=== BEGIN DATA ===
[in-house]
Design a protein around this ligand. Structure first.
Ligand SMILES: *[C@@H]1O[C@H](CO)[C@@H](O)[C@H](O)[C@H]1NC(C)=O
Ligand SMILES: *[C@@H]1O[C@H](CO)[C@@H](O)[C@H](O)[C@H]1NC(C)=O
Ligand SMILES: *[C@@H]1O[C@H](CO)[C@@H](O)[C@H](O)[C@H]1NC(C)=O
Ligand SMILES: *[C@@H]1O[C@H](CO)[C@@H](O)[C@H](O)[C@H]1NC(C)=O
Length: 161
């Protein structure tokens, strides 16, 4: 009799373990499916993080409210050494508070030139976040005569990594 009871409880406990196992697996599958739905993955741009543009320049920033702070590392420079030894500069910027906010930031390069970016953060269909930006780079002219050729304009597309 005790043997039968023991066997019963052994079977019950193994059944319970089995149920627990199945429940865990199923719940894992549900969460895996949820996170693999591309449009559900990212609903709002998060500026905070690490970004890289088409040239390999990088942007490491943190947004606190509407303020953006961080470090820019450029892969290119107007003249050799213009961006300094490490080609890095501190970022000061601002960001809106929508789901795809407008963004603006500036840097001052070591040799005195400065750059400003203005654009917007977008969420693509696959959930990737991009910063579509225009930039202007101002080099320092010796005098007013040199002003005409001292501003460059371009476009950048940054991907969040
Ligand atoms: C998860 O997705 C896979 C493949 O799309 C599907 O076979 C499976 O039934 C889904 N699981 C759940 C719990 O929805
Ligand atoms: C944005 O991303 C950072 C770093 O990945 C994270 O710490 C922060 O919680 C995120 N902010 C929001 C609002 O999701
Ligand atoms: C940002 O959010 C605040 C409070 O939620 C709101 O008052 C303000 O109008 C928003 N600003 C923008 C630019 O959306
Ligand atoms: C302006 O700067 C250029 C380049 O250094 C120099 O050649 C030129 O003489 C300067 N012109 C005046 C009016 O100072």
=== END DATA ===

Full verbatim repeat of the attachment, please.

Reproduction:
[in-house]
Design a protein around this ligand. Structure first.
Ligand SMILES: *[C@@H]1O[C@H](CO)[C@@H](O)[C@H](O)[C@H]1NC(C)=O
Ligand SMILES: *[C@@H]1O[C@H](CO)[C@@H](O)[C@H](O)[C@H]1NC(C)=O
Ligand SMILES: *[C@@H]1O[C@H](CO)[C@@H](O)[C@H](O)[C@H]1NC(C)=O
Ligand SMILES: *[C@@H]1O[C@H](CO)[C@@H](O)[C@H](O)[C@H]1NC(C)=O
Length: 161
């Protein structure tokens, strides 16, 4: 009799373990499916993080409210050494508070030139976040005569990594 009871409880406990196992697996599958739905993955741009543009320049920033702070590392420079030894500069910027906010930031390069970016953060269909930006780079002219050729304009597309 005790043997039968023991066997019963052994079977019950193994059944319970089995149920627990199945429940865990199923719940894992549900969460895996949820996170693999591309449009559900990212609903709002998060500026905070690490970004890289088409040239390999990088942007490491943190947004606190509407303020953006961080470090820019450029892969290119107007003249050799213009961006300094490490080609890095501190970022000061601002960001809106929508789901795809407008963004603006500036840097001052070591040799005195400065750059400003203005654009917007977008969420693509696959959930990737991009910063579509225009930039202007101002080099320092010796005098007013040199002003005409001292501003460059371009476009950048940054991907969040
Ligand atoms: C998860 O997705 C896979 C493949 O799309 C599907 O076979 C499976 O039934 C889904 N699981 C759940 C719990 O929805
Ligand atoms: C944005 O991303 C950072 C770093 O990945 C994270 O710490 C922060 O919680 C995120 N902010 C929001 C609002 O999701
Ligand atoms: C940002 O959010 C605040 C409070 O939620 C709101 O008052 C303000 O109008 C928003 N600003 C923008 C630019 O959306
Ligand atoms: C302006 O700067 C250029 C380049 O250094 C120099 O050649 C030129 O003489 C300067 N012109 C005046 C009016 O100072």